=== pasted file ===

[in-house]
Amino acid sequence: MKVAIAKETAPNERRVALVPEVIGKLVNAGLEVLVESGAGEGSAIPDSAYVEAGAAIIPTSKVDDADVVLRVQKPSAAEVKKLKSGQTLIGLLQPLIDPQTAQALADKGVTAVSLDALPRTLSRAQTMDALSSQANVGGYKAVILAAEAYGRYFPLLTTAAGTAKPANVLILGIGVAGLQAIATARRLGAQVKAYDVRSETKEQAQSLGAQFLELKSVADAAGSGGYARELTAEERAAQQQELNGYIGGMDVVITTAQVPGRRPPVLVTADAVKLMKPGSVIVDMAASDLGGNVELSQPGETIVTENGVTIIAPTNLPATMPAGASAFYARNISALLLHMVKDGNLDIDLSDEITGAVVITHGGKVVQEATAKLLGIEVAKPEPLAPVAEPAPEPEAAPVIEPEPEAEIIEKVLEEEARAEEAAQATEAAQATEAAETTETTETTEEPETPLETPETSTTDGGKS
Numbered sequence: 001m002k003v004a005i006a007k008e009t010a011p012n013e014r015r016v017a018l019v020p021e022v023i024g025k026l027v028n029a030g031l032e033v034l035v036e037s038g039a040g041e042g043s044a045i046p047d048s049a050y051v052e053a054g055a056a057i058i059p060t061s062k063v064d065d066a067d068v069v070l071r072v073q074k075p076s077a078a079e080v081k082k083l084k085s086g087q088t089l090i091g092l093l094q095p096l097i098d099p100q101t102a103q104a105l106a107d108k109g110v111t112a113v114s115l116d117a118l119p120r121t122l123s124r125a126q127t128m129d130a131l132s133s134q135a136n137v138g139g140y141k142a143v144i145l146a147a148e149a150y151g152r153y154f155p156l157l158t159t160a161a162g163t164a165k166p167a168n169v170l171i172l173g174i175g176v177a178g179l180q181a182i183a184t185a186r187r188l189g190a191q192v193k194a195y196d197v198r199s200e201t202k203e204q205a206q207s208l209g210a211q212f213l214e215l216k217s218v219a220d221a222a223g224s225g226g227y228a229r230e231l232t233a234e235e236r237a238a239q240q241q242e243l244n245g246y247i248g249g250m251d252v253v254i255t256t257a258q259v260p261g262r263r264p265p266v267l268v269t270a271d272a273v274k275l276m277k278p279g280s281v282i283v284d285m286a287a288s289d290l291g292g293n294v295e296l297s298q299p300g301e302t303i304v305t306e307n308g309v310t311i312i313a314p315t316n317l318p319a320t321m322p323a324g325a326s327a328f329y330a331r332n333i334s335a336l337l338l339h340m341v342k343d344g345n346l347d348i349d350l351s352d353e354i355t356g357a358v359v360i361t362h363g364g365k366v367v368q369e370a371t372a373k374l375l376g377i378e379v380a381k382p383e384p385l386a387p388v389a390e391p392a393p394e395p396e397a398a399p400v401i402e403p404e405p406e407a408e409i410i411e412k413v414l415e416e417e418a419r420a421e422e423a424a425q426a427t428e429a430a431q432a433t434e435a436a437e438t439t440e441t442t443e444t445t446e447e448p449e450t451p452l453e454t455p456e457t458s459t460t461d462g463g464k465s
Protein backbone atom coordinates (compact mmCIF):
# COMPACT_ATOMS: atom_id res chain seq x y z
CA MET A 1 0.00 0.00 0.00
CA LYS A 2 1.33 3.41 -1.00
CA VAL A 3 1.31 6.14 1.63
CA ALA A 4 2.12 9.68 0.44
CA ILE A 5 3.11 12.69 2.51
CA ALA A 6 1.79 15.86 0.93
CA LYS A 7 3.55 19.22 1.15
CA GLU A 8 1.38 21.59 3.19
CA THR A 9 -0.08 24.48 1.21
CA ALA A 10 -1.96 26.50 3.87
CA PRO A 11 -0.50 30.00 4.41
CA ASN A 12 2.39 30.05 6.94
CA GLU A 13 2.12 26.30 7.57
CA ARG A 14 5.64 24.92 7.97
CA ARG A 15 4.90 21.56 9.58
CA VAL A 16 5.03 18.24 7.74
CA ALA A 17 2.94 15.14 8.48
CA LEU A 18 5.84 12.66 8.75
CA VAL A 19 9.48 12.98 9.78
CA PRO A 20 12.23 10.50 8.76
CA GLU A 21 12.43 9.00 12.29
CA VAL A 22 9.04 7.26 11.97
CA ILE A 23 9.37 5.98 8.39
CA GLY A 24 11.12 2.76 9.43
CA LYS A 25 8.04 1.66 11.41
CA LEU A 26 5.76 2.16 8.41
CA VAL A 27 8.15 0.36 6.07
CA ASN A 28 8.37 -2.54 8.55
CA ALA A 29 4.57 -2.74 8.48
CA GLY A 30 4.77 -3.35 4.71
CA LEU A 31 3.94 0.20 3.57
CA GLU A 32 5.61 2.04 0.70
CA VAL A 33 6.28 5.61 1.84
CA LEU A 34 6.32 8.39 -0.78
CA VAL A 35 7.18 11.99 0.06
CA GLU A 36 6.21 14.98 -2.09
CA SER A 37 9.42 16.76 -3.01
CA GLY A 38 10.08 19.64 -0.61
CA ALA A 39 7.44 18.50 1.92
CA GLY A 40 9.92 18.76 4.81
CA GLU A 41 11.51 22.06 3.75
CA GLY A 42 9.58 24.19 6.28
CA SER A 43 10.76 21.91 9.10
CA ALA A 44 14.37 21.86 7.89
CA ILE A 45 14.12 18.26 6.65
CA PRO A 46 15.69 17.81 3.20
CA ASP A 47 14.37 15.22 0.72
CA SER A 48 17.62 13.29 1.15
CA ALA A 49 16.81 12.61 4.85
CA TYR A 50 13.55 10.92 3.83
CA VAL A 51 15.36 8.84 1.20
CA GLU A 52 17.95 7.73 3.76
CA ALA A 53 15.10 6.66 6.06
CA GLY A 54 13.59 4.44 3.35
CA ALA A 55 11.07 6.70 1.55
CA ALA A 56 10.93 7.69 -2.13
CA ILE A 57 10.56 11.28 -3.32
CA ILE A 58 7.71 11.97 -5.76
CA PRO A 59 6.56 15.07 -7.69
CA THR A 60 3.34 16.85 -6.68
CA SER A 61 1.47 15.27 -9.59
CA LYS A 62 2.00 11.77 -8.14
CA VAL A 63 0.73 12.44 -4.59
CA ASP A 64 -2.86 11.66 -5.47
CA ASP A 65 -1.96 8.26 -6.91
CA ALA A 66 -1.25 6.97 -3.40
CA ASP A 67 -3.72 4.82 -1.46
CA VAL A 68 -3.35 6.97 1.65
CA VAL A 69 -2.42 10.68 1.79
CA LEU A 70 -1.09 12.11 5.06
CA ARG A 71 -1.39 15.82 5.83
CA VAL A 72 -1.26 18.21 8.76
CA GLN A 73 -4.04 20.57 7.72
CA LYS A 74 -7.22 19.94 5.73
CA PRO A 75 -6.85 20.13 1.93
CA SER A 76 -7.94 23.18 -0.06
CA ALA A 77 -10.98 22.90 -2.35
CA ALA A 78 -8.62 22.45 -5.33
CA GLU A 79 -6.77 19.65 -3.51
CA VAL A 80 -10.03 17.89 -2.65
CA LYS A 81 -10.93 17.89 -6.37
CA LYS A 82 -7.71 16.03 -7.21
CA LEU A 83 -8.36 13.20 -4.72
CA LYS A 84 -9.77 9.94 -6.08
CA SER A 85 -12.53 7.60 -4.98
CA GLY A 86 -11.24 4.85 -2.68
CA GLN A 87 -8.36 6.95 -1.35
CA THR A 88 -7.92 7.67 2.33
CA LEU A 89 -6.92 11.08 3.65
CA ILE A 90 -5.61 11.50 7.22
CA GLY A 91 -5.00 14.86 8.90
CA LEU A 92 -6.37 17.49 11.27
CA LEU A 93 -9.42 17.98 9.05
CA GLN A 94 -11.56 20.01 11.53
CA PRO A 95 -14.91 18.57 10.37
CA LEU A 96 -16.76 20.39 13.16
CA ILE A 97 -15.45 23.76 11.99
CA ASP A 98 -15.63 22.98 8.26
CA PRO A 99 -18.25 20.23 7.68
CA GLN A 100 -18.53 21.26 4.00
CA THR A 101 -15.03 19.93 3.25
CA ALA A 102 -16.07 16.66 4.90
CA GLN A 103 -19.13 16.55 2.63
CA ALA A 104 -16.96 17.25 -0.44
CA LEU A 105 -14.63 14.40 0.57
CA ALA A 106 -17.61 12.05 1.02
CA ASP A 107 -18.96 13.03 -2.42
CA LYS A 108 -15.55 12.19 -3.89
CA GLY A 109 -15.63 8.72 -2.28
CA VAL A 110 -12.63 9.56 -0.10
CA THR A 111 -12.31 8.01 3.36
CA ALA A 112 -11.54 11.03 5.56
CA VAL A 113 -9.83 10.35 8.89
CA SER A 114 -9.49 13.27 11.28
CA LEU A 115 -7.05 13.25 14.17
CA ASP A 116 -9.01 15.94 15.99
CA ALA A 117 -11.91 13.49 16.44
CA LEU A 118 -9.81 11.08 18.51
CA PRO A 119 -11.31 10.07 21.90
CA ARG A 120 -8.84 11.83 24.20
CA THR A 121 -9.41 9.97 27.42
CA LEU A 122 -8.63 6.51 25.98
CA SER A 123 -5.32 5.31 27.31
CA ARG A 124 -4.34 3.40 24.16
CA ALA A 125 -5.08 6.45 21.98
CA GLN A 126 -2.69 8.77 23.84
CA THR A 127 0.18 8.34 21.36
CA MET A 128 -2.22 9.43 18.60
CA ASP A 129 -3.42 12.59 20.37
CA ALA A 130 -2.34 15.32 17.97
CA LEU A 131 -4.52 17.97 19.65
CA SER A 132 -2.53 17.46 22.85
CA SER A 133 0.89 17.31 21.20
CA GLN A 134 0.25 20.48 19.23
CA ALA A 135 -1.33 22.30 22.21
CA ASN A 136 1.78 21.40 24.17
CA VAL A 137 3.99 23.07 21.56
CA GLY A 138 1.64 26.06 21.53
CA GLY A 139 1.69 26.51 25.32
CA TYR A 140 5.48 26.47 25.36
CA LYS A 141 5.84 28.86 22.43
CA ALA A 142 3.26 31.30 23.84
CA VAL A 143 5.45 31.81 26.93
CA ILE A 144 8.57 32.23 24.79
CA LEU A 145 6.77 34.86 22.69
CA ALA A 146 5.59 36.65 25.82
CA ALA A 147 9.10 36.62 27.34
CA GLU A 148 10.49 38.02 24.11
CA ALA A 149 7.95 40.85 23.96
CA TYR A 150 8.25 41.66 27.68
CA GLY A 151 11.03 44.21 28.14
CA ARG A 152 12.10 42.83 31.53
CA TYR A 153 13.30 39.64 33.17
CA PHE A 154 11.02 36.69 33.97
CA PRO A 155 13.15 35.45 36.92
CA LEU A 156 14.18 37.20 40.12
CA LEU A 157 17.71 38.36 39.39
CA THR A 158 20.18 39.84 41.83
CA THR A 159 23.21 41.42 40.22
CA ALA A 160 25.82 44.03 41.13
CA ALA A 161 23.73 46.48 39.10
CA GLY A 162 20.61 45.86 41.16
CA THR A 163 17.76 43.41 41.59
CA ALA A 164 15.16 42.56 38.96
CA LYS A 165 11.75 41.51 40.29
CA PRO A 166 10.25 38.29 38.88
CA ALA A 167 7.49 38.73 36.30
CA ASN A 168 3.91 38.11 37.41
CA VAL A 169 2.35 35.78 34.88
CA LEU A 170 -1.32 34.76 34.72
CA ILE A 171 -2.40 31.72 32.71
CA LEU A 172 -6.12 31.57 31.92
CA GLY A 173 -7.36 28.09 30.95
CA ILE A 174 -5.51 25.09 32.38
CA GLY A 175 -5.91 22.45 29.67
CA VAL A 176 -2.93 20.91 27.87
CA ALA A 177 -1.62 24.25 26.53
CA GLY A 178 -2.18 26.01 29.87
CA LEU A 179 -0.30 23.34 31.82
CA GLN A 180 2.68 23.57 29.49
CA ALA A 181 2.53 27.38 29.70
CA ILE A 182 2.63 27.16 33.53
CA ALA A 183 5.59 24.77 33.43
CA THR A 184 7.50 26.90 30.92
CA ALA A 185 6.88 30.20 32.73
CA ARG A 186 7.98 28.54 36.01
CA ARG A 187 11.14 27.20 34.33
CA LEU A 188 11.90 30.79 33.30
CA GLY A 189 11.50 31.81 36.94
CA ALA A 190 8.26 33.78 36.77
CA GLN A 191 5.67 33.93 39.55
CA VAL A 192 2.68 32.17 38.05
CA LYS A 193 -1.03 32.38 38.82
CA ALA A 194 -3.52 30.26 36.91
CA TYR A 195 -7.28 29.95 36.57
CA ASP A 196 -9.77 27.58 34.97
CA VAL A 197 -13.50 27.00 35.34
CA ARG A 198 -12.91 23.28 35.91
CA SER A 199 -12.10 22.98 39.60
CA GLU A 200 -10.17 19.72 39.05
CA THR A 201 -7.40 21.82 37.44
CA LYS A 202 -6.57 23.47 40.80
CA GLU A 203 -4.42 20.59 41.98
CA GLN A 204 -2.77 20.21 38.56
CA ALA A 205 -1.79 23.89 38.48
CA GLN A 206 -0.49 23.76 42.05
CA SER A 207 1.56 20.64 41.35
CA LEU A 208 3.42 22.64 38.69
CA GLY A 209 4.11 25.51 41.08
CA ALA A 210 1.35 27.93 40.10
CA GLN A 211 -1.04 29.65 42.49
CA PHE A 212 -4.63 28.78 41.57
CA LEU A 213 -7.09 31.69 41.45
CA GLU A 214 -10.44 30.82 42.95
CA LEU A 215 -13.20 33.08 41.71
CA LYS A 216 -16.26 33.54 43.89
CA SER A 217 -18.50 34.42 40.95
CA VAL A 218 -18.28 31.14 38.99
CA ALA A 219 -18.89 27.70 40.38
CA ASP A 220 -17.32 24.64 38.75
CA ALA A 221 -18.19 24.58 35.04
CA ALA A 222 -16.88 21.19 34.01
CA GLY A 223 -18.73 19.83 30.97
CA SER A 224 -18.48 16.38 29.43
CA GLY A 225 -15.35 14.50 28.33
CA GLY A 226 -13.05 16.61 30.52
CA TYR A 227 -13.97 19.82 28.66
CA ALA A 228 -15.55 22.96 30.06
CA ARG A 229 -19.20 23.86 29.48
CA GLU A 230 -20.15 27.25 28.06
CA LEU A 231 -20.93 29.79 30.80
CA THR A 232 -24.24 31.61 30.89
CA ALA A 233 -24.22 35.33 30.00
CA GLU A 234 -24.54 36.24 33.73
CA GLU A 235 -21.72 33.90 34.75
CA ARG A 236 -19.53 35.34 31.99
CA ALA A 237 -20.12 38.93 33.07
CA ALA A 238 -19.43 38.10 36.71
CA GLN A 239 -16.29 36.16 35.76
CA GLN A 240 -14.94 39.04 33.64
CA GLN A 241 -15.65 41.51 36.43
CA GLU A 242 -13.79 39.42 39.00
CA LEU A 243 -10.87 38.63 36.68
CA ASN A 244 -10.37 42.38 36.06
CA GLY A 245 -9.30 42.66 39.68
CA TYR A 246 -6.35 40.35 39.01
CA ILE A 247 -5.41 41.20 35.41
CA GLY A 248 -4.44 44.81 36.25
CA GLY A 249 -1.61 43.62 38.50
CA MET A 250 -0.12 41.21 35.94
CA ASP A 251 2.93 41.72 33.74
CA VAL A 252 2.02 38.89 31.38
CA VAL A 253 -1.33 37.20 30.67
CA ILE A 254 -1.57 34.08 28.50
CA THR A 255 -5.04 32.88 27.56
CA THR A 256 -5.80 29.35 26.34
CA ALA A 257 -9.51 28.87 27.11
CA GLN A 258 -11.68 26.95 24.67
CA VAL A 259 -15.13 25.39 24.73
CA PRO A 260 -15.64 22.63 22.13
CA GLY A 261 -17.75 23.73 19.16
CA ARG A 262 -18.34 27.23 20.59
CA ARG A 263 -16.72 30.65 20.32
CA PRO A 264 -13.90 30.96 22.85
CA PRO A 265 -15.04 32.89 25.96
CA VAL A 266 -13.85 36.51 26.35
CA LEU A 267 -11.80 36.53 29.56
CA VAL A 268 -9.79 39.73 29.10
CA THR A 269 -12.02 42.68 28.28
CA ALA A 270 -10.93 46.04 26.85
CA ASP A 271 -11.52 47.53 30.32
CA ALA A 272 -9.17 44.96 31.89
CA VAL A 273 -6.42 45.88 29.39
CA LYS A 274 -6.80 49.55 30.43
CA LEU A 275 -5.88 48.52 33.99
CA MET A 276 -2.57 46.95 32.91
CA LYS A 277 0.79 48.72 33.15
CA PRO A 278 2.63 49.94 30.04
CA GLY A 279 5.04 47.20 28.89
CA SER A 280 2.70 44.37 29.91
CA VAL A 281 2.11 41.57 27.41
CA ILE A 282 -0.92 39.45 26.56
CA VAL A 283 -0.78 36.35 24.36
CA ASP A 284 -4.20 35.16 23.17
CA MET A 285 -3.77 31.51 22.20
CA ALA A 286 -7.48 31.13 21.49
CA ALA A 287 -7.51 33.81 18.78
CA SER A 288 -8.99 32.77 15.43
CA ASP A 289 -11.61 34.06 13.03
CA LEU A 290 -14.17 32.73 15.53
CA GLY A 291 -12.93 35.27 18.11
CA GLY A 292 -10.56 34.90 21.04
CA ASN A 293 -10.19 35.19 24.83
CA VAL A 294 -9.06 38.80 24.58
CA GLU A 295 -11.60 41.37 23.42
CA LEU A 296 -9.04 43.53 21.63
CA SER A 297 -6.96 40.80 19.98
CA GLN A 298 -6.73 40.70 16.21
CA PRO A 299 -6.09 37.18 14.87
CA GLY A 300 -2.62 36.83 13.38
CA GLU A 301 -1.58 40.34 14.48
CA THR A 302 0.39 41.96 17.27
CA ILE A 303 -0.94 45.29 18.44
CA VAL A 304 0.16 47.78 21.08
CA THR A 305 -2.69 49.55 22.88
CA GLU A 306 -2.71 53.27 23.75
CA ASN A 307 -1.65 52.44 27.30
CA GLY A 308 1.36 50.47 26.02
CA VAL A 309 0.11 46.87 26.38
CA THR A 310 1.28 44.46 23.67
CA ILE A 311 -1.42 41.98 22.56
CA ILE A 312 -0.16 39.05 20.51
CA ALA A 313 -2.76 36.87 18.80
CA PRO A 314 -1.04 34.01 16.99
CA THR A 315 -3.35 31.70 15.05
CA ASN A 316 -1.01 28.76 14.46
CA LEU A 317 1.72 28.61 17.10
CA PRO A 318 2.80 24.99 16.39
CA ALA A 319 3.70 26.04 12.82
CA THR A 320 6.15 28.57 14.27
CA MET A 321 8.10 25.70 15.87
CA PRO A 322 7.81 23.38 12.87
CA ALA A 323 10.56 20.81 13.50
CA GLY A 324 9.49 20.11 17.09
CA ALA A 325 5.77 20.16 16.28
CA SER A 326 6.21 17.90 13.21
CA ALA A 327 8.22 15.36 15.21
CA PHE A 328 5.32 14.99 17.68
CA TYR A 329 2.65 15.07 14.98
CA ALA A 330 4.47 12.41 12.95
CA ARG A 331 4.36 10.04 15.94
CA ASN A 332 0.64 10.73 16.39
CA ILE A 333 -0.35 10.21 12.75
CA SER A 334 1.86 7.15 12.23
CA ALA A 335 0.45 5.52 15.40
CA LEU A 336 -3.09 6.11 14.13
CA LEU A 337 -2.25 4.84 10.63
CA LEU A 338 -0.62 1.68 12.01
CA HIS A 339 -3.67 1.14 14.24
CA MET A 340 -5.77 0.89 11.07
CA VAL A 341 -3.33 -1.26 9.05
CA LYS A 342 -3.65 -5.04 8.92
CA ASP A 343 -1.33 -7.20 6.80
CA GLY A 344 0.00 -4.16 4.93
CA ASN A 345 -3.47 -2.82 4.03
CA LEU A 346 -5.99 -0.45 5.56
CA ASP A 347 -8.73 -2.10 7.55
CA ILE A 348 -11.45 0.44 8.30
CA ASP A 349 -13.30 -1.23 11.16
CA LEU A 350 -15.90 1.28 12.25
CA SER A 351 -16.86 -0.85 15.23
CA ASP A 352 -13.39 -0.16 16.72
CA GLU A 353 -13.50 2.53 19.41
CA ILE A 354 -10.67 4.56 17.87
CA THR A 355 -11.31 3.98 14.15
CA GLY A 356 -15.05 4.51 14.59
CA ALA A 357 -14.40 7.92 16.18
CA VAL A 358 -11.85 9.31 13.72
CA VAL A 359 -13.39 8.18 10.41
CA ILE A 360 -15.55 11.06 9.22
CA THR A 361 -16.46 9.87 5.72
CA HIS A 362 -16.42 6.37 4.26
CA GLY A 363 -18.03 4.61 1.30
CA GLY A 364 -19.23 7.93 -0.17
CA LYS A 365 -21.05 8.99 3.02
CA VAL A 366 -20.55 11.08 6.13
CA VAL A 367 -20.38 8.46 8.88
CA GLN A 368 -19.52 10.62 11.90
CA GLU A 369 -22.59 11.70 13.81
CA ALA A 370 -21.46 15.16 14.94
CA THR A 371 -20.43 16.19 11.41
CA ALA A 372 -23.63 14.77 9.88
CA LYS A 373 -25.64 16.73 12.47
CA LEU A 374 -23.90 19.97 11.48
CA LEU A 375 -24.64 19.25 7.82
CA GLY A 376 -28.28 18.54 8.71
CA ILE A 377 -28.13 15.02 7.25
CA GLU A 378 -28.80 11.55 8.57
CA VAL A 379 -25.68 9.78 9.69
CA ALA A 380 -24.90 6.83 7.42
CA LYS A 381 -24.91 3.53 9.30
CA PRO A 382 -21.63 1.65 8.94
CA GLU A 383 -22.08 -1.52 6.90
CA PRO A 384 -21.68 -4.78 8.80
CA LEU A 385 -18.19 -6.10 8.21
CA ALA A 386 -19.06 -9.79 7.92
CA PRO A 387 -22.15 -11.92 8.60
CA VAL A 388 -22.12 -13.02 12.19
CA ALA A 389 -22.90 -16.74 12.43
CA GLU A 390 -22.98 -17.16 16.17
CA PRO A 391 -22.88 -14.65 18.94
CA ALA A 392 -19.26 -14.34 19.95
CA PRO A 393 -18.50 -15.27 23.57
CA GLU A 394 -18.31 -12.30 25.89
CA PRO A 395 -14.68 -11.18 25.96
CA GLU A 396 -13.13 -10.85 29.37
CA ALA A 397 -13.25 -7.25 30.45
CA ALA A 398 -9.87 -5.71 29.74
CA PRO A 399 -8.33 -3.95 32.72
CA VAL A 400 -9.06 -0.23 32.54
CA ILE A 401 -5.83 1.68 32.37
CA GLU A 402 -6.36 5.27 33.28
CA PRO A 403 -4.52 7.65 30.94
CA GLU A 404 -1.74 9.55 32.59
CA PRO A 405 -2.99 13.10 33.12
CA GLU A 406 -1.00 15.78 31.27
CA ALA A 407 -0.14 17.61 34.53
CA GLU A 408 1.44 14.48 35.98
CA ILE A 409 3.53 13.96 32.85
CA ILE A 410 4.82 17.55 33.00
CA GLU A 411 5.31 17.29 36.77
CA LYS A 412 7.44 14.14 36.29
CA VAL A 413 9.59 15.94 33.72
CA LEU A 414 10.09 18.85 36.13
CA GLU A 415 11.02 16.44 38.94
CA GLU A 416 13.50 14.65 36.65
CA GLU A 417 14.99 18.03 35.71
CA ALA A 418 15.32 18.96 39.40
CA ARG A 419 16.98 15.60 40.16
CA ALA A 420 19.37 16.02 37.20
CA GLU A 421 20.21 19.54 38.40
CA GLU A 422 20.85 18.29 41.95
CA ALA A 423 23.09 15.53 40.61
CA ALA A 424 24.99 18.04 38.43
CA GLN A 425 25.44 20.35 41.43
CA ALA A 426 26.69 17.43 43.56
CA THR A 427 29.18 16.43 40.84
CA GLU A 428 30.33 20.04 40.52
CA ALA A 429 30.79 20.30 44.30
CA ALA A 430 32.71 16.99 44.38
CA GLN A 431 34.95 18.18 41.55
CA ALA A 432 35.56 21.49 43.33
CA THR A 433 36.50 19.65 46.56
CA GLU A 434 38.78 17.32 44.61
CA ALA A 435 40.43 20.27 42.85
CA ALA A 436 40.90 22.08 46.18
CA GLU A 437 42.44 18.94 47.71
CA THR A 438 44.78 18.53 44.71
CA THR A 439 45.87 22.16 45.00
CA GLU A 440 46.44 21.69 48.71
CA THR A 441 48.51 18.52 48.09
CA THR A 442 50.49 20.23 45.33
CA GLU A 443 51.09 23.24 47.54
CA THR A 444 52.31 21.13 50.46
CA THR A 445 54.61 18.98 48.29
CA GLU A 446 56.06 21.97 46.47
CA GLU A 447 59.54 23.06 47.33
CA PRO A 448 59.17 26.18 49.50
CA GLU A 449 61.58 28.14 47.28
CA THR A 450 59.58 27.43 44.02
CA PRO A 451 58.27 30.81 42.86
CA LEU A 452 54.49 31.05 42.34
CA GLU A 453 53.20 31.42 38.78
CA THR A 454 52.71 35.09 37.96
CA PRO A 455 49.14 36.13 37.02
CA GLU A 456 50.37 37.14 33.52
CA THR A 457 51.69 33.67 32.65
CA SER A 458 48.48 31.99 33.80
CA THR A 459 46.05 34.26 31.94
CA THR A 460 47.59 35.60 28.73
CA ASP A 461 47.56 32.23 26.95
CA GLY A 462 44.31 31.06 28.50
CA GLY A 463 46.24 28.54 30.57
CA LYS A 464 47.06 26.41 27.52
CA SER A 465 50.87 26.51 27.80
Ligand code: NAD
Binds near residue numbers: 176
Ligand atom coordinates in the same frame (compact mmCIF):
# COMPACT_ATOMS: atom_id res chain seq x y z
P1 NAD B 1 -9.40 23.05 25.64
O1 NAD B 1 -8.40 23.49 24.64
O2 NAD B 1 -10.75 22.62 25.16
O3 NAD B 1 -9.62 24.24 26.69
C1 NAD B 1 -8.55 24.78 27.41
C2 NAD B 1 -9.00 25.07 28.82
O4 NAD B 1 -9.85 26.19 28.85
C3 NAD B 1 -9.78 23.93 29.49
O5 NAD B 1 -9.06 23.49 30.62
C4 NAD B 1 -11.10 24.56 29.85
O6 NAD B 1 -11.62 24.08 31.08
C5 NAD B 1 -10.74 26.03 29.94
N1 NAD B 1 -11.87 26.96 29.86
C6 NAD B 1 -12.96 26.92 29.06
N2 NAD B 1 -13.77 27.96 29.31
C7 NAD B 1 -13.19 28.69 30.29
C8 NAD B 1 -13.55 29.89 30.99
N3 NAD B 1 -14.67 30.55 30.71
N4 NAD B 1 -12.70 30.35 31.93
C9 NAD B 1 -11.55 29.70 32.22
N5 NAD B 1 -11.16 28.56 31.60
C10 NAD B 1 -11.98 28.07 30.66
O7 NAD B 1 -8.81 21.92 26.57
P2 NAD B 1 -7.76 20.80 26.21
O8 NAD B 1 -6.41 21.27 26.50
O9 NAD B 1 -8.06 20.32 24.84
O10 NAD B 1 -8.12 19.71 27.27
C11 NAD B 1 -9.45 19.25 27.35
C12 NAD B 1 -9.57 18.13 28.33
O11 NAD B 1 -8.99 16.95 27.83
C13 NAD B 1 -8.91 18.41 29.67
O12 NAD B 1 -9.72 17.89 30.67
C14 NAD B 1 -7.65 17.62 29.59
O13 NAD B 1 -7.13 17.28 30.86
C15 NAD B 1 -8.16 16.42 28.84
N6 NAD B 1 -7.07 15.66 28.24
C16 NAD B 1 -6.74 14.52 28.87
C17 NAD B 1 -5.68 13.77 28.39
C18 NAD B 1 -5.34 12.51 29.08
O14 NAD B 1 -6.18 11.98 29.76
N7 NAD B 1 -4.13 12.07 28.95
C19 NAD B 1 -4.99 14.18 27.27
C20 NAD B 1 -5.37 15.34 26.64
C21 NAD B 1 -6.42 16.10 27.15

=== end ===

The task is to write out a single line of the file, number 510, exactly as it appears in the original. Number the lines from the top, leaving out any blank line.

N6 NAD B 1 -7.07 15.66 28.24